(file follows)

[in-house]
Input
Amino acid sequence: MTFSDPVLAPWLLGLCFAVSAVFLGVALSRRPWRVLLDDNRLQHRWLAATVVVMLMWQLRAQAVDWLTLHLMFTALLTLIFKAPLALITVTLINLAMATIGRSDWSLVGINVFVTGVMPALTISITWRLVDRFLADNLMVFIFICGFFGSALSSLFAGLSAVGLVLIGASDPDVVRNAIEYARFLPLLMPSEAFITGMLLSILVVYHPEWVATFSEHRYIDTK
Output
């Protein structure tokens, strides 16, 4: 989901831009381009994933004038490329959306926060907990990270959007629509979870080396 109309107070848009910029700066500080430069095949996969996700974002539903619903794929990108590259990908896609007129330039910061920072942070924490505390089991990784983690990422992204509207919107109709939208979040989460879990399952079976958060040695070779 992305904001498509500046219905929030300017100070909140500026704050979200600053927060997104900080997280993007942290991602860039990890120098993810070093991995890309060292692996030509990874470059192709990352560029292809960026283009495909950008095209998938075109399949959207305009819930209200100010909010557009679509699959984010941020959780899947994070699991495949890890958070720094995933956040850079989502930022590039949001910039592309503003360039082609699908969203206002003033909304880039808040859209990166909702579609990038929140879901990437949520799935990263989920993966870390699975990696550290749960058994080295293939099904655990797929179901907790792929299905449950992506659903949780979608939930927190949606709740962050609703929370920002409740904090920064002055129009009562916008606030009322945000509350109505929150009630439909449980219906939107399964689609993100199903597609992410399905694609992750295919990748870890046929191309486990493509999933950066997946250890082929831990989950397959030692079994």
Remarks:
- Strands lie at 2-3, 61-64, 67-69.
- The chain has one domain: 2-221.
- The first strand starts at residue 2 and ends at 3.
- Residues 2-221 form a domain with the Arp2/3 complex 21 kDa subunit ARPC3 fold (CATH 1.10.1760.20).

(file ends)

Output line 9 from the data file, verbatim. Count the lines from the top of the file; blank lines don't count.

- The first strand starts at residue 2 and ends at 3.